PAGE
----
THERE have been a few upsets over the years in the Group 3 Investec Diomed Stakes with just one winning favourite in the past decade. It’s a difficult race for punters to weigh up as they have to decide whether to side with improving handicappers, or those dropping back in class from Group 1 or 2 level.
The obvious place to start is with the immensely talented Rio De La Plata, who is one of Frankie Dettori’s favourite racehorses in training. The Godolphin-owned six-year-old won the Group 1 Prix Jean-Luc Lagardere as a juvenile and finished fourth to New Approach in that season’s Dewhurst Stakes. There’s no doubt that he’s a top class animal on his day, but he’s had plenty of injury problems in the past, has been off the track since November and has a 7lb penalty to shoulder.
Mark Johnston’s Awzaan has become rather frustrating since his unbeaten two-year-old season which culminated in a classy win in the Group 1 Middle Park. He hasn’t won a race since then and is easily passed over until showing signs that he retains some of his old ability.
The one that really stands out is the Chris Wall-trained PREMIO LOCO who won the Group 2 Summer Mile at Ascot last July and put in a gallant performance to finish third to Canford Cliffs in the Group 1 Lockinge last time. He was fourth behind Skysurfers at Meydan in the Godolphin Mile and even though he’s never run at Epsom, I like the fact that he’s won at Goodwood which is another testing undulating track. A record of 11 wins from 25 career starts is not to be sniffed at, especially seeing as the majority of his recent runs have been in Group 1 or 2 company.
Looking at the others and hardly any of them make much appeal at all. That said, Godolphin’s supposed second string Vesuve shouldn’t be ignored, especially with promising young French pilot Mickael Barzalona in the saddle. However, his form so far isn’t up to this level and there’s every chance he will need the run.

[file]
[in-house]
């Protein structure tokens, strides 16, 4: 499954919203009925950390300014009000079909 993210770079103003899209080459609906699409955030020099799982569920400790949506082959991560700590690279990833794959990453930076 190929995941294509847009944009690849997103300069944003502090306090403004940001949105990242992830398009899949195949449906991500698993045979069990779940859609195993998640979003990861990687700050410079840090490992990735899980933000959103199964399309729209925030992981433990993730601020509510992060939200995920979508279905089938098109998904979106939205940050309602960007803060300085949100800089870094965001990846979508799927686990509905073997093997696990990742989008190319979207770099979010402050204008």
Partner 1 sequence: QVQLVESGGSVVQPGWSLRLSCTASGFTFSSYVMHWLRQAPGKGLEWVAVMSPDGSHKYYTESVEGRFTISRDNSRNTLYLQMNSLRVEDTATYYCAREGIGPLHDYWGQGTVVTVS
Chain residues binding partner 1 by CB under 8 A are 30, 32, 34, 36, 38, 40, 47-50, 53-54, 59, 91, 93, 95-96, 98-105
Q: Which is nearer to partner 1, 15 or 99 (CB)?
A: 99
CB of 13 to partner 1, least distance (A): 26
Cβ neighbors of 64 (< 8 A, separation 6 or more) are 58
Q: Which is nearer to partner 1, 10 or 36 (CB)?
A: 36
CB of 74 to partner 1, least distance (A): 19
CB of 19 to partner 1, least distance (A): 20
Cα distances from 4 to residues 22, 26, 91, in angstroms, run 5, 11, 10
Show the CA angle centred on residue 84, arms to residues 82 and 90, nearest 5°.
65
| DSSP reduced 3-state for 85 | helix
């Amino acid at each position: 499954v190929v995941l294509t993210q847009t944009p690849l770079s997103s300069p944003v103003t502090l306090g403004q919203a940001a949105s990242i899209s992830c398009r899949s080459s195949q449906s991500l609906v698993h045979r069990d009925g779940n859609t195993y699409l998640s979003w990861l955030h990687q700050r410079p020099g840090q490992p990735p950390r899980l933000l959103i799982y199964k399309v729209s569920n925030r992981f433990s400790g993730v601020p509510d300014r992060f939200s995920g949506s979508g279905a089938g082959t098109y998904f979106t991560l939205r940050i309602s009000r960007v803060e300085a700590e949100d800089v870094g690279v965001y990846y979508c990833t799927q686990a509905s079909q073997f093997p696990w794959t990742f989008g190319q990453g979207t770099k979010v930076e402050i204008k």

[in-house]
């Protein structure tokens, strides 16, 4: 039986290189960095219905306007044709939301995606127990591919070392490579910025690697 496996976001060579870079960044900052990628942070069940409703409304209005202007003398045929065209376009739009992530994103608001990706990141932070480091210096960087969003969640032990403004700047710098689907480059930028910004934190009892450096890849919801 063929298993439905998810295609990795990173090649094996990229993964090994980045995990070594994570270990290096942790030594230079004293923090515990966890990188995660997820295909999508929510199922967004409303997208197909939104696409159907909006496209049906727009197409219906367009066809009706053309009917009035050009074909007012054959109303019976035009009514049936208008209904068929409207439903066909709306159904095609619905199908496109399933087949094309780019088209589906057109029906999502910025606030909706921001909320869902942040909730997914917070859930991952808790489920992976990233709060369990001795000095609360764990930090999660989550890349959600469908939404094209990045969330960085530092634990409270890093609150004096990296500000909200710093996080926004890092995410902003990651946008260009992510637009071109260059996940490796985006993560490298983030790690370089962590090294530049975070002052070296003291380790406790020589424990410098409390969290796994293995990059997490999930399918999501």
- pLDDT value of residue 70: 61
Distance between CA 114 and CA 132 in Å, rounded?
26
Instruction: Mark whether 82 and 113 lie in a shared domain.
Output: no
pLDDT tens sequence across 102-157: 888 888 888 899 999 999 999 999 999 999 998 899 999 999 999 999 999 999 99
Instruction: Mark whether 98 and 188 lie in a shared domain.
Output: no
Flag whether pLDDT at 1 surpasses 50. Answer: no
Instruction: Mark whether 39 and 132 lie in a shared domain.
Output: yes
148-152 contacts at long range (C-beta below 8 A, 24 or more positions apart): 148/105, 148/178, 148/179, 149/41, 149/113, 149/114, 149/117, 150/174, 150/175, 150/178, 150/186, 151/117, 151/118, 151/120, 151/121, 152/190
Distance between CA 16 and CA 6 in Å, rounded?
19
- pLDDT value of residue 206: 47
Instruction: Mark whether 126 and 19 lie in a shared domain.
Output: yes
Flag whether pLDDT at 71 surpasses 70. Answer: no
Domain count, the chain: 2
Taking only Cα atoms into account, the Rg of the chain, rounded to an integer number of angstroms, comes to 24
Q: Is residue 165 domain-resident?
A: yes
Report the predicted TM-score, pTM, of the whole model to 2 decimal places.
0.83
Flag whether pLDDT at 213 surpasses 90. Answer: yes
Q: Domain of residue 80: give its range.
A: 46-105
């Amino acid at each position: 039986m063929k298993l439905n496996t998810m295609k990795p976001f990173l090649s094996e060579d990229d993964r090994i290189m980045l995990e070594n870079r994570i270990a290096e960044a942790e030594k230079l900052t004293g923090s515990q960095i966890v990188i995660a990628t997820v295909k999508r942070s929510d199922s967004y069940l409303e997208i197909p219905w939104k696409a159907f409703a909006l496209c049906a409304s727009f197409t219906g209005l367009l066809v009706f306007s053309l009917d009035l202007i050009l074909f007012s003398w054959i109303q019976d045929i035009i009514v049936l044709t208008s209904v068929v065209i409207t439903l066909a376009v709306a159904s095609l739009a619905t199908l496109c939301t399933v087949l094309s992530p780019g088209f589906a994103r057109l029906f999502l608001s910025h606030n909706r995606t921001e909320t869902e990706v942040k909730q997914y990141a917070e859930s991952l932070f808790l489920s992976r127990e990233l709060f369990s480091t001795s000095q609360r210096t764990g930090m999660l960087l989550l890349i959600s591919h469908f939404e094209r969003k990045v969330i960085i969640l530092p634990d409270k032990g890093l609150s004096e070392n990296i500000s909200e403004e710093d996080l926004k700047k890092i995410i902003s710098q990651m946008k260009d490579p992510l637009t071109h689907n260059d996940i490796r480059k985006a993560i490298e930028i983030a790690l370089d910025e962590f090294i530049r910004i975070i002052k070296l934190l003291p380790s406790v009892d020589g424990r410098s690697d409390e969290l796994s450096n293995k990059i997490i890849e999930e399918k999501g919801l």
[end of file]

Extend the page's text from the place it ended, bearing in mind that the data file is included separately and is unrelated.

Marco Botti hasn’t made the quickest start to the season and Fanunalter is another who may just need a couple of runs before he’s ready to strike. He put up a couple of decent performances in Dubai over the winter, but his form is some way behind that of Premio Loco and Rio De La Plata.
St Moritz has done incredibly well so far this campaign and he is definitely one to consider. David Nicholls hasn’t been banging in the winners with his customary force, but this fellow has won three strong races already since moving from Mark Johnston’s yard over the winter. He was a progressive handicapper last term, finishing third in the Royal Hunt Cup and winning the Bunbury Cup, and he should make his presence felt in this grade.
It would be absolutely wonderful to see the old boy Mac Love win this for a second time after his gutsy success in 2009. He’s the only one in the field to have won at Epsom, but he’s a 10-year-old now and his performances at Meydan over the winter don’t inspire confidence.
The final contender is John Gosden’s Nationalism who was well-fancied for last year’s Cambridgeshire before being handed a horrible draw and never really holding a chance. He should prove to be a decent animal but this looks a step too far at this stage of his career.